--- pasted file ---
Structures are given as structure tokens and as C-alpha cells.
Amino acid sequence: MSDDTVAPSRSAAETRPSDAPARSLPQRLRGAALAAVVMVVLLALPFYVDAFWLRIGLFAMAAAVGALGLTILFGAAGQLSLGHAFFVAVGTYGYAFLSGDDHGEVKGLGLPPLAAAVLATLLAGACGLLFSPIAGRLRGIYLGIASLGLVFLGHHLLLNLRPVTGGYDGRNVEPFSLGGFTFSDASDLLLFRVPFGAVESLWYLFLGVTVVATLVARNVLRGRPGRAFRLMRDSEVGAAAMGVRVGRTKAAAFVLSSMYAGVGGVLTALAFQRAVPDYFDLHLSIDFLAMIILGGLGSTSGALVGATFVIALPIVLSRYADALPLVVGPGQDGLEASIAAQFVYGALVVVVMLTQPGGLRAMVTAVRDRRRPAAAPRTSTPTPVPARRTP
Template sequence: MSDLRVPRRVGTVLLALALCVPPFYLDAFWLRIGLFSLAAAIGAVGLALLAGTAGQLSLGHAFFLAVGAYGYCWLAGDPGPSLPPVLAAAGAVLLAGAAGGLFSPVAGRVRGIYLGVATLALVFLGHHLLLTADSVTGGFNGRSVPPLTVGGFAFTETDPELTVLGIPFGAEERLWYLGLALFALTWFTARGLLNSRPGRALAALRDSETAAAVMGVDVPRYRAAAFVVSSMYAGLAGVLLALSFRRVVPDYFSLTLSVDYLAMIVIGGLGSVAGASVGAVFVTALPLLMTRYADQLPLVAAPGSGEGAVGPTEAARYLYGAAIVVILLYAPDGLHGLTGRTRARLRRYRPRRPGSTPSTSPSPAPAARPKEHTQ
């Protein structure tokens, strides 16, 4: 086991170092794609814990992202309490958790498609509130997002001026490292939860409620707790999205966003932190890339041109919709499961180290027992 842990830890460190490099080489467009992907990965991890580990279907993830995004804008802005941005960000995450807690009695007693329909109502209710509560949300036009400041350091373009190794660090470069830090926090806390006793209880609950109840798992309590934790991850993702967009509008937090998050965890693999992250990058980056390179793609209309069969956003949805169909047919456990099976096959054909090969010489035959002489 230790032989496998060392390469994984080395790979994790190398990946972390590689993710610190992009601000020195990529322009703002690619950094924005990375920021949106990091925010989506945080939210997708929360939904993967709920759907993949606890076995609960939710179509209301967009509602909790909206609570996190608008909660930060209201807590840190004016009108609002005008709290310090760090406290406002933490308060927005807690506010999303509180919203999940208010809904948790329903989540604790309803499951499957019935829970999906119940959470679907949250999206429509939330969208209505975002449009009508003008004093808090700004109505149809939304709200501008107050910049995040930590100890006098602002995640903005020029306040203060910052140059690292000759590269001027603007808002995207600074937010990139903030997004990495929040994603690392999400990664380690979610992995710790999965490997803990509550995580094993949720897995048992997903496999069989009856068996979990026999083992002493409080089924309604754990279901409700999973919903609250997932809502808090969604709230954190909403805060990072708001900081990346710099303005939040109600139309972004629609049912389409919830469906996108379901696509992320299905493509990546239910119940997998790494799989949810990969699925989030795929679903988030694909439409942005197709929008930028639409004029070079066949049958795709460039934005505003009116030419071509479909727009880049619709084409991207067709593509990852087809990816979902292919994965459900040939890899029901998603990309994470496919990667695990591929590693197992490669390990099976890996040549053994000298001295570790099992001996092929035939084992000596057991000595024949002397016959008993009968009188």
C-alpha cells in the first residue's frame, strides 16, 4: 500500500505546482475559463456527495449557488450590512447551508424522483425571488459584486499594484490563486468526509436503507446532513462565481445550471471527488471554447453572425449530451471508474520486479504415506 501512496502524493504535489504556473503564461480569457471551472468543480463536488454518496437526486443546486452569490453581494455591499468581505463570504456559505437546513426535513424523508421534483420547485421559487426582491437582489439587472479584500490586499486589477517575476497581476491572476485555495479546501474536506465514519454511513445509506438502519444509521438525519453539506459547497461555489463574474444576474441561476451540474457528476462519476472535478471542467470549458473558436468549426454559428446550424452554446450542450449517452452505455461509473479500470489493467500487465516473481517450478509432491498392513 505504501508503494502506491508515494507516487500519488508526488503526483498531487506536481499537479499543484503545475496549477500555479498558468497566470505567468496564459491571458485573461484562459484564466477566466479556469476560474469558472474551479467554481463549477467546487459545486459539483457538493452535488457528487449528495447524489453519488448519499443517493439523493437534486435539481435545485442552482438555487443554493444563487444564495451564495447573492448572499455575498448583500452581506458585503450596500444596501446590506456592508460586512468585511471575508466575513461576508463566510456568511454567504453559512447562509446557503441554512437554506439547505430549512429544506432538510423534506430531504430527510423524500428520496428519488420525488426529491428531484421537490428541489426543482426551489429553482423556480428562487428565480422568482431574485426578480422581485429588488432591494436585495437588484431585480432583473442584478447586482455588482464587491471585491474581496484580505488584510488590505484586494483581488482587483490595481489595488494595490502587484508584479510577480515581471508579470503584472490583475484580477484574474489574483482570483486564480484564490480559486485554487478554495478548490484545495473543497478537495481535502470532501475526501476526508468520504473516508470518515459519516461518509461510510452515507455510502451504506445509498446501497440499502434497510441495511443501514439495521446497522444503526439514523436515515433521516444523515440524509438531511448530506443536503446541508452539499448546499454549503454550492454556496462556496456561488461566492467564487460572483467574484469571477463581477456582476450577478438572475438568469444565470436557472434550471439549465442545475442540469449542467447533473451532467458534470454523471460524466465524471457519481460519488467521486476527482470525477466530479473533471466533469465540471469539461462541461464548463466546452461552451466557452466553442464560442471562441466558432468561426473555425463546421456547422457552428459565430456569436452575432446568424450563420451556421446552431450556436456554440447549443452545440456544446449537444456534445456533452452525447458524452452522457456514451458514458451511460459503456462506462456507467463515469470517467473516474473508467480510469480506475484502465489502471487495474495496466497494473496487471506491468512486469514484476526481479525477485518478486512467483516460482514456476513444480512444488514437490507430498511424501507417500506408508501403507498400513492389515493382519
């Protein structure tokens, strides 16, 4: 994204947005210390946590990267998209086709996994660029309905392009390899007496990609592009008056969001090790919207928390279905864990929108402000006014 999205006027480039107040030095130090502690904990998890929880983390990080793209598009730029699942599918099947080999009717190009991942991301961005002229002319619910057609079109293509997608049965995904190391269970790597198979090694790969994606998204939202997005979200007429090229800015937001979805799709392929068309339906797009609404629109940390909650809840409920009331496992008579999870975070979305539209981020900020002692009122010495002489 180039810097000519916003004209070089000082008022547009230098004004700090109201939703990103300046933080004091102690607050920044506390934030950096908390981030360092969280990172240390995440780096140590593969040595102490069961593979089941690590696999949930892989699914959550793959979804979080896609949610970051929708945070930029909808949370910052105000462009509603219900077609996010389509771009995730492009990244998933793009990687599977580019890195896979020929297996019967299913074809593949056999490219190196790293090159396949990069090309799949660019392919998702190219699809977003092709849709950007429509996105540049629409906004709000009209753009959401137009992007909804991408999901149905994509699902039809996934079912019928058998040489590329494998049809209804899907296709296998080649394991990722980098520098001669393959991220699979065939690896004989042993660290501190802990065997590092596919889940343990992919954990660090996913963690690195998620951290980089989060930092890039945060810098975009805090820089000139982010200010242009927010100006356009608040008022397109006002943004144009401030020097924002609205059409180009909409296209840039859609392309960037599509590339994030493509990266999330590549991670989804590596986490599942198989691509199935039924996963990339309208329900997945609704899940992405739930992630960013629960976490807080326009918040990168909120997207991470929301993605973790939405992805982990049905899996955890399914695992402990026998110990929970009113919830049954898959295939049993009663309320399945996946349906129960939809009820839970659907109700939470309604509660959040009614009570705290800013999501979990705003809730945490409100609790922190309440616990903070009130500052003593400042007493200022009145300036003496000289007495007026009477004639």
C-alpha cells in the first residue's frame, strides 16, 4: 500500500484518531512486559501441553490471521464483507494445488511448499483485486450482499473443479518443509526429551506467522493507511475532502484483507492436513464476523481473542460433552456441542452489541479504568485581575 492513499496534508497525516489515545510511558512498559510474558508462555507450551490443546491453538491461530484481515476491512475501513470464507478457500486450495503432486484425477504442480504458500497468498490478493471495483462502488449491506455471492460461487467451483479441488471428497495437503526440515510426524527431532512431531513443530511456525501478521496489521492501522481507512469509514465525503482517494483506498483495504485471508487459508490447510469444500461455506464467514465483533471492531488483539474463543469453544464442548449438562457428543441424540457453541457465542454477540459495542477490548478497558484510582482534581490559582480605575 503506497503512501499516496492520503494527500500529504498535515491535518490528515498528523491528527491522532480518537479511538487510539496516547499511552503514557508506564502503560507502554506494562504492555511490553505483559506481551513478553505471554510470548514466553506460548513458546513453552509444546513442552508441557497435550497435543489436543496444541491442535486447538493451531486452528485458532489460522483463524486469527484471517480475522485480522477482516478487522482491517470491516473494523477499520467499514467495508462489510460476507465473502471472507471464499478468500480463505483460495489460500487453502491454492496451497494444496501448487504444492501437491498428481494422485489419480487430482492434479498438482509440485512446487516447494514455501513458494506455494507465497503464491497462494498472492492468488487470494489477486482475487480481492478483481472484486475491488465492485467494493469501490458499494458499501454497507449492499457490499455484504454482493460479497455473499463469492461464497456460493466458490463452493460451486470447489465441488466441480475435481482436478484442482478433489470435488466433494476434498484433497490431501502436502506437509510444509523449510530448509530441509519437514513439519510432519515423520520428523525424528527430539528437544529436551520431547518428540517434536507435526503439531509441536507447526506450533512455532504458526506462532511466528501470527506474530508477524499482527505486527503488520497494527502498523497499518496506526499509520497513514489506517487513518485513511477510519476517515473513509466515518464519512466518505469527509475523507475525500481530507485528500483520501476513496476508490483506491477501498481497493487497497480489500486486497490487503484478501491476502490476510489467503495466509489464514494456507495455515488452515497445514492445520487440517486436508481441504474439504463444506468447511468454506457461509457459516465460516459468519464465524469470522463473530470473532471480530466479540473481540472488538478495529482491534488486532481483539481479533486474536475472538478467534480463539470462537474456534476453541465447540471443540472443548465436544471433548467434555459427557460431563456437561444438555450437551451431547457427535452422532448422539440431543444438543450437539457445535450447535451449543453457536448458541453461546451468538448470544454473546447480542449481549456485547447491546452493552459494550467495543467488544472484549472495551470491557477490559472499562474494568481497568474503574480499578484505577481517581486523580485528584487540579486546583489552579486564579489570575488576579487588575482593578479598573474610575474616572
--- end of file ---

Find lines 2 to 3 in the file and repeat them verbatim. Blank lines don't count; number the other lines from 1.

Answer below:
Amino acid sequence: MSDDTVAPSRSAAETRPSDAPARSLPQRLRGAALAAVVMVVLLALPFYVDAFWLRIGLFAMAAAVGALGLTILFGAAGQLSLGHAFFVAVGTYGYAFLSGDDHGEVKGLGLPPLAAAVLATLLAGACGLLFSPIAGRLRGIYLGIASLGLVFLGHHLLLNLRPVTGGYDGRNVEPFSLGGFTFSDASDLLLFRVPFGAVESLWYLFLGVTVVATLVARNVLRGRPGRAFRLMRDSEVGAAAMGVRVGRTKAAAFVLSSMYAGVGGVLTALAFQRAVPDYFDLHLSIDFLAMIILGGLGSTSGALVGATFVIALPIVLSRYADALPLVVGPGQDGLEASIAAQFVYGALVVVVMLTQPGGLRAMVTAVRDRRRPAAAPRTSTPTPVPARRTP
Template sequence: MSDLRVPRRVGTVLLALALCVPPFYLDAFWLRIGLFSLAAAIGAVGLALLAGTAGQLSLGHAFFLAVGAYGYCWLAGDPGPSLPPVLAAAGAVLLAGAAGGLFSPVAGRVRGIYLGVATLALVFLGHHLLLTADSVTGGFNGRSVPPLTVGGFAFTETDPELTVLGIPFGAEERLWYLGLALFALTWFTARGLLNSRPGRALAALRDSETAAAVMGVDVPRYRAAAFVVSSMYAGLAGVLLALSFRRVVPDYFSLTLSVDYLAMIVIGGLGSVAGASVGAVFVTALPLLMTRYADQLPLVAAPGSGEGAVGPTEAARYLYGAAIVVILLYAPDGLHGLTGRTRARLRRYRPRRPGSTPSTSPSPAPAARPKEHTQ